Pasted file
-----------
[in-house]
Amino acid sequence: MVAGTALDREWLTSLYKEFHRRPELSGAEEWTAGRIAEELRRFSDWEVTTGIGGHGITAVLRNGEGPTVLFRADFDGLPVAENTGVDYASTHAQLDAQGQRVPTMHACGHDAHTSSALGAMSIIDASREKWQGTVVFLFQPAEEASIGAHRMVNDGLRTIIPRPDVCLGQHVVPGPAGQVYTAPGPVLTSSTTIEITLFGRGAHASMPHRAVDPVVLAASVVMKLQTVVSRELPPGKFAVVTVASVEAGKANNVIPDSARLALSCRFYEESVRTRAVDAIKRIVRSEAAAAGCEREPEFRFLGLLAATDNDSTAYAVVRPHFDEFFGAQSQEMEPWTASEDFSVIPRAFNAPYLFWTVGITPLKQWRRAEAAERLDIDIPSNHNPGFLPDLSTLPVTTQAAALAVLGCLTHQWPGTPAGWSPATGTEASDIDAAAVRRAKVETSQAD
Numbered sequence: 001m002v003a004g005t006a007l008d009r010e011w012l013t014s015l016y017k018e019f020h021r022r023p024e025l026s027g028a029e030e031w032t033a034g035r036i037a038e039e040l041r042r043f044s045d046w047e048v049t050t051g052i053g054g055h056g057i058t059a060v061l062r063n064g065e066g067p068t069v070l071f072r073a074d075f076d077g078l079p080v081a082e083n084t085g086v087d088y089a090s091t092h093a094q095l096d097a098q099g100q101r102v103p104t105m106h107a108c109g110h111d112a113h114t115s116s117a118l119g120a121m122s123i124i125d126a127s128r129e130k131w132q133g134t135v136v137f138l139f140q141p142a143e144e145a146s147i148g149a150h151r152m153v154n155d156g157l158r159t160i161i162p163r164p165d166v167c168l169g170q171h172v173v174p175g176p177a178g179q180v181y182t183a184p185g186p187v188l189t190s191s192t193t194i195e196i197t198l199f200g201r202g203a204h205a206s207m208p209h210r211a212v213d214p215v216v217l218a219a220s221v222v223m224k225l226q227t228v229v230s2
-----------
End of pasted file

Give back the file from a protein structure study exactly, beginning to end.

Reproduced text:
[in-house]
Amino acid sequence: MVAGTALDREWLTSLYKEFHRRPELSGAEEWTAGRIAEELRRFSDWEVTTGIGGHGITAVLRNGEGPTVLFRADFDGLPVAENTGVDYASTHAQLDAQGQRVPTMHACGHDAHTSSALGAMSIIDASREKWQGTVVFLFQPAEEASIGAHRMVNDGLRTIIPRPDVCLGQHVVPGPAGQVYTAPGPVLTSSTTIEITLFGRGAHASMPHRAVDPVVLAASVVMKLQTVVSRELPPGKFAVVTVASVEAGKANNVIPDSARLALSCRFYEESVRTRAVDAIKRIVRSEAAAAGCEREPEFRFLGLLAATDNDSTAYAVVRPHFDEFFGAQSQEMEPWTASEDFSVIPRAFNAPYLFWTVGITPLKQWRRAEAAERLDIDIPSNHNPGFLPDLSTLPVTTQAAALAVLGCLTHQWPGTPAGWSPATGTEASDIDAAAVRRAKVETSQAD
Numbered sequence: 001m002v003a004g005t006a007l008d009r010e011w012l013t014s015l016y017k018e019f020h021r022r023p024e025l026s027g028a029e030e031w032t033a034g035r036i037a038e039e040l041r042r043f044s045d046w047e048v049t050t051g052i053g054g055h056g057i058t059a060v061l062r063n064g065e066g067p068t069v070l071f072r073a074d075f076d077g078l079p080v081a082e083n084t085g086v087d088y089a090s091t092h093a094q095l096d097a098q099g100q101r102v103p104t105m106h107a108c109g110h111d112a113h114t115s116s117a118l119g120a121m122s123i124i125d126a127s128r129e130k131w132q133g134t135v136v137f138l139f140q141p142a143e144e145a146s147i148g149a150h151r152m153v154n155d156g157l158r159t160i161i162p163r164p165d166v167c168l169g170q171h172v173v174p175g176p177a178g179q180v181y182t183a184p185g186p187v188l189t190s191s192t193t194i195e196i197t198l199f200g201r202g203a204h205a206s207m208p209h210r211a212v213d214p215v216v217l218a219a220s221v222v223m224k225l226q227t228v229v230s2